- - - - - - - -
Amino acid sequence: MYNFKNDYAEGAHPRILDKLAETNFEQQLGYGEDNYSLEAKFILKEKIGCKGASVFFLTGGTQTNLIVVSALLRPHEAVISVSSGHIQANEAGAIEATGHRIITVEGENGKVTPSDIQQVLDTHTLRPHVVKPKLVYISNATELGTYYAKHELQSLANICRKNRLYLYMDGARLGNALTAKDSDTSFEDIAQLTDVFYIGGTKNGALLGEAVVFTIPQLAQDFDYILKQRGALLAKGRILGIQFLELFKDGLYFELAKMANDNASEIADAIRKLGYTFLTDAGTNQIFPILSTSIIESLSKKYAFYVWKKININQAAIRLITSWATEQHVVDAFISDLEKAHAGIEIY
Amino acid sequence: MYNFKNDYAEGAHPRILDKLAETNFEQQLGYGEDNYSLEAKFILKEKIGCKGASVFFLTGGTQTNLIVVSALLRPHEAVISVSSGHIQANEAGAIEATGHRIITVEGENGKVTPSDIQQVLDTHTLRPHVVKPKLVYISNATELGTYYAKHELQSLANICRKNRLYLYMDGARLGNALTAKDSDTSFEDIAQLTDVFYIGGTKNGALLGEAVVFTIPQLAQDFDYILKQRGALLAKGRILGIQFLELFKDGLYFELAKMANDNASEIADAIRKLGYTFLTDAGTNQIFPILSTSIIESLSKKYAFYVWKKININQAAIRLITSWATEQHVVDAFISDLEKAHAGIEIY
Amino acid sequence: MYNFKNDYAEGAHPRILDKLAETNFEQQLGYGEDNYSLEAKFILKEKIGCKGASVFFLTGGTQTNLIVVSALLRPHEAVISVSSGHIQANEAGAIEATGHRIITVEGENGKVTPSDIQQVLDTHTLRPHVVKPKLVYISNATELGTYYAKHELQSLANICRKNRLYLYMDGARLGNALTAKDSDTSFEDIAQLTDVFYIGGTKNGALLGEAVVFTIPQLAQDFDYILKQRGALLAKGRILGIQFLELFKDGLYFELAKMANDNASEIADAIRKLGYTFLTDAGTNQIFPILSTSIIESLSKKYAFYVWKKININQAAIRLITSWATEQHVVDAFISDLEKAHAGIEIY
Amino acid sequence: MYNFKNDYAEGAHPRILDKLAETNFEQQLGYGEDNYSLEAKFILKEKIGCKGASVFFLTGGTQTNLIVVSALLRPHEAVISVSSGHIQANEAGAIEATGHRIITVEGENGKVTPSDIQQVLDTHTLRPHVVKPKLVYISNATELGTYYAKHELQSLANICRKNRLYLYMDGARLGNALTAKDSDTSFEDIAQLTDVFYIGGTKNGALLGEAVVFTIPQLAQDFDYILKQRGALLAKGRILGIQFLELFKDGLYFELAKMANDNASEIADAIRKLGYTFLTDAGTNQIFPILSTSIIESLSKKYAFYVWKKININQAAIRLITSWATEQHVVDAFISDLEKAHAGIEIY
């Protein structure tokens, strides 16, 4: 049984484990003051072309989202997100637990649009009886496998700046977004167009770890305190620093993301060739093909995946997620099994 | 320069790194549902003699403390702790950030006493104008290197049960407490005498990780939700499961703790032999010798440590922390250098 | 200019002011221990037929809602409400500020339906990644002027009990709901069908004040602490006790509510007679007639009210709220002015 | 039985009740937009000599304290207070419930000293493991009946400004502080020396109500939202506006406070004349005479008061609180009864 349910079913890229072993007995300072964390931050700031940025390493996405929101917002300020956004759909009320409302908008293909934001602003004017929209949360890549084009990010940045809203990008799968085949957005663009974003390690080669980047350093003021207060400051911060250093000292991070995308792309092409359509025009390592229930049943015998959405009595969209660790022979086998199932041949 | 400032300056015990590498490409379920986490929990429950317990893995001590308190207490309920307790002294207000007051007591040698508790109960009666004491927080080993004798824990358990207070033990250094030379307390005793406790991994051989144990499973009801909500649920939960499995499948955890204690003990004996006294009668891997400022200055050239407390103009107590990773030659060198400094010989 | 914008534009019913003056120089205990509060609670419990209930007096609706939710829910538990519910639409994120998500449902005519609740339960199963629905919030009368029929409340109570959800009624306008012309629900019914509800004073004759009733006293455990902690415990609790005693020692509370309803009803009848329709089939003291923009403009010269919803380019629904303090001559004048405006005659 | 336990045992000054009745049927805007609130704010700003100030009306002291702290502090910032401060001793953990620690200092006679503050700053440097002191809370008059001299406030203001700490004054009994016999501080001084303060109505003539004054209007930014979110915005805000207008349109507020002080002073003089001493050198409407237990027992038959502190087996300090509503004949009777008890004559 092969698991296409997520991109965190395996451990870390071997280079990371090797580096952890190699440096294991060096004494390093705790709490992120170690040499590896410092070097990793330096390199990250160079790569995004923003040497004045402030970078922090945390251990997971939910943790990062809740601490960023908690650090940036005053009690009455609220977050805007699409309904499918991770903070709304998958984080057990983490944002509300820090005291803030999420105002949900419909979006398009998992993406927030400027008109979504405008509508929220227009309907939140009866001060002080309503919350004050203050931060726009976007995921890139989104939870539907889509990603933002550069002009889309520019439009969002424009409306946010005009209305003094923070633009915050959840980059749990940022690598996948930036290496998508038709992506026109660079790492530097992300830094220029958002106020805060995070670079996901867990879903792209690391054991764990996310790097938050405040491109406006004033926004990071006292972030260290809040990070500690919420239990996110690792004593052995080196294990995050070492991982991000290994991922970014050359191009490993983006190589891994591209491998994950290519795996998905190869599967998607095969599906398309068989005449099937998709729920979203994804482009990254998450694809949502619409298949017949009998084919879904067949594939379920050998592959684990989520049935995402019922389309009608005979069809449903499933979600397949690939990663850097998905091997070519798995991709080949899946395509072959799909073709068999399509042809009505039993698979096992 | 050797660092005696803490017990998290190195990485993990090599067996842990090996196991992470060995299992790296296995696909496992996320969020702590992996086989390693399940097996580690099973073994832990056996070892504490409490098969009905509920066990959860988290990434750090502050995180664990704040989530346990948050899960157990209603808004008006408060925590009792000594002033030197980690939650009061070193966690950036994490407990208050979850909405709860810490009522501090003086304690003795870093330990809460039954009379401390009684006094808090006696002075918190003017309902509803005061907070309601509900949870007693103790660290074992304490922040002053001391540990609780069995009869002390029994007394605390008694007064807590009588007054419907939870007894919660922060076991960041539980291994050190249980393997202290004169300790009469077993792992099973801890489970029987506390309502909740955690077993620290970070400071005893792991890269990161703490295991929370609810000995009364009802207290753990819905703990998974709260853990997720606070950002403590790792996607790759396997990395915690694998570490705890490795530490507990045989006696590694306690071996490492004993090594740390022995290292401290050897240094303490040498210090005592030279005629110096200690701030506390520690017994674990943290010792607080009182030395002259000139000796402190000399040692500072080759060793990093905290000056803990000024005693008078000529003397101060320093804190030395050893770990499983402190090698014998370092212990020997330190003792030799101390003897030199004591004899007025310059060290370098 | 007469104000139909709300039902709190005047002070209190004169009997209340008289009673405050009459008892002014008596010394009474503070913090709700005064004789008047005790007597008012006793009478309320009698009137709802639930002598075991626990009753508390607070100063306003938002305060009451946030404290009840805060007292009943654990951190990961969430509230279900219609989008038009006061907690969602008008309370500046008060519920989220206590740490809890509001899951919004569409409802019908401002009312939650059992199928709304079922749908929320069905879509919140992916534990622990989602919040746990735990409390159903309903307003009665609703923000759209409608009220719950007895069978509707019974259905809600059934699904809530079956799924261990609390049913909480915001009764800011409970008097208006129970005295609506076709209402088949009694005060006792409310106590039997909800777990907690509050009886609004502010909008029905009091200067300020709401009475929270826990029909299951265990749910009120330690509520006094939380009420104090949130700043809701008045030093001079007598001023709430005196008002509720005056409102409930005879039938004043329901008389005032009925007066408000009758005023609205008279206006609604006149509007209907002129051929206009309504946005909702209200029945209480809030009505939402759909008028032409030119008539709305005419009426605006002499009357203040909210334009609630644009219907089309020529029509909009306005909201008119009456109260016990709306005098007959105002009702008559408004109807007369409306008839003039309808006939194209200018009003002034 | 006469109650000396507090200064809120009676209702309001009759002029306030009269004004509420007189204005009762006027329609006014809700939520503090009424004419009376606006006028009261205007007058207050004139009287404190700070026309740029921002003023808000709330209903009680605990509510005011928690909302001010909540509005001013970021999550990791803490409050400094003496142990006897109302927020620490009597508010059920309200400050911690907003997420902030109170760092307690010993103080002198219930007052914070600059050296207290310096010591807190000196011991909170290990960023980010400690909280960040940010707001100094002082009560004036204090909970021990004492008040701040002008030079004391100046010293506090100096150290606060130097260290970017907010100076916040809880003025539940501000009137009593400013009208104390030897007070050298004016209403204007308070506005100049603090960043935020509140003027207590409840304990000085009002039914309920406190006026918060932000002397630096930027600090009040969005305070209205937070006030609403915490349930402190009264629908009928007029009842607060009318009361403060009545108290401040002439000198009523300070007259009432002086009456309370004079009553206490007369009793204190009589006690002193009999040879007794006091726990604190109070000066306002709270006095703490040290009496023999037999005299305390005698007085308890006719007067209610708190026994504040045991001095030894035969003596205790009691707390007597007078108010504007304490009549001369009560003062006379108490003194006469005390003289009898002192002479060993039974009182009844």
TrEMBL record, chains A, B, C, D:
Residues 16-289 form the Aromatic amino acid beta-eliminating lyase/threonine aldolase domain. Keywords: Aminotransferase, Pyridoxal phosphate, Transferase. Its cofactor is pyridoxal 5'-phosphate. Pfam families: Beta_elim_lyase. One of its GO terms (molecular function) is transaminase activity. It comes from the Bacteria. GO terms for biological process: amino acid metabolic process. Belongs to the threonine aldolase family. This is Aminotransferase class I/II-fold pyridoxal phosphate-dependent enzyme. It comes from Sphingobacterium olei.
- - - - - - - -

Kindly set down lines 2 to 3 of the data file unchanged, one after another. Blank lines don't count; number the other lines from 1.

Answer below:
Amino acid sequence: MYNFKNDYAEGAHPRILDKLAETNFEQQLGYGEDNYSLEAKFILKEKIGCKGASVFFLTGGTQTNLIVVSALLRPHEAVISVSSGHIQANEAGAIEATGHRIITVEGENGKVTPSDIQQVLDTHTLRPHVVKPKLVYISNATELGTYYAKHELQSLANICRKNRLYLYMDGARLGNALTAKDSDTSFEDIAQLTDVFYIGGTKNGALLGEAVVFTIPQLAQDFDYILKQRGALLAKGRILGIQFLELFKDGLYFELAKMANDNASEIADAIRKLGYTFLTDAGTNQIFPILSTSIIESLSKKYAFYVWKKININQAAIRLITSWATEQHVVDAFISDLEKAHAGIEIY
Amino acid sequence: MYNFKNDYAEGAHPRILDKLAETNFEQQLGYGEDNYSLEAKFILKEKIGCKGASVFFLTGGTQTNLIVVSALLRPHEAVISVSSGHIQANEAGAIEATGHRIITVEGENGKVTPSDIQQVLDTHTLRPHVVKPKLVYISNATELGTYYAKHELQSLANICRKNRLYLYMDGARLGNALTAKDSDTSFEDIAQLTDVFYIGGTKNGALLGEAVVFTIPQLAQDFDYILKQRGALLAKGRILGIQFLELFKDGLYFELAKMANDNASEIADAIRKLGYTFLTDAGTNQIFPILSTSIIESLSKKYAFYVWKKININQAAIRLITSWATEQHVVDAFISDLEKAHAGIEIY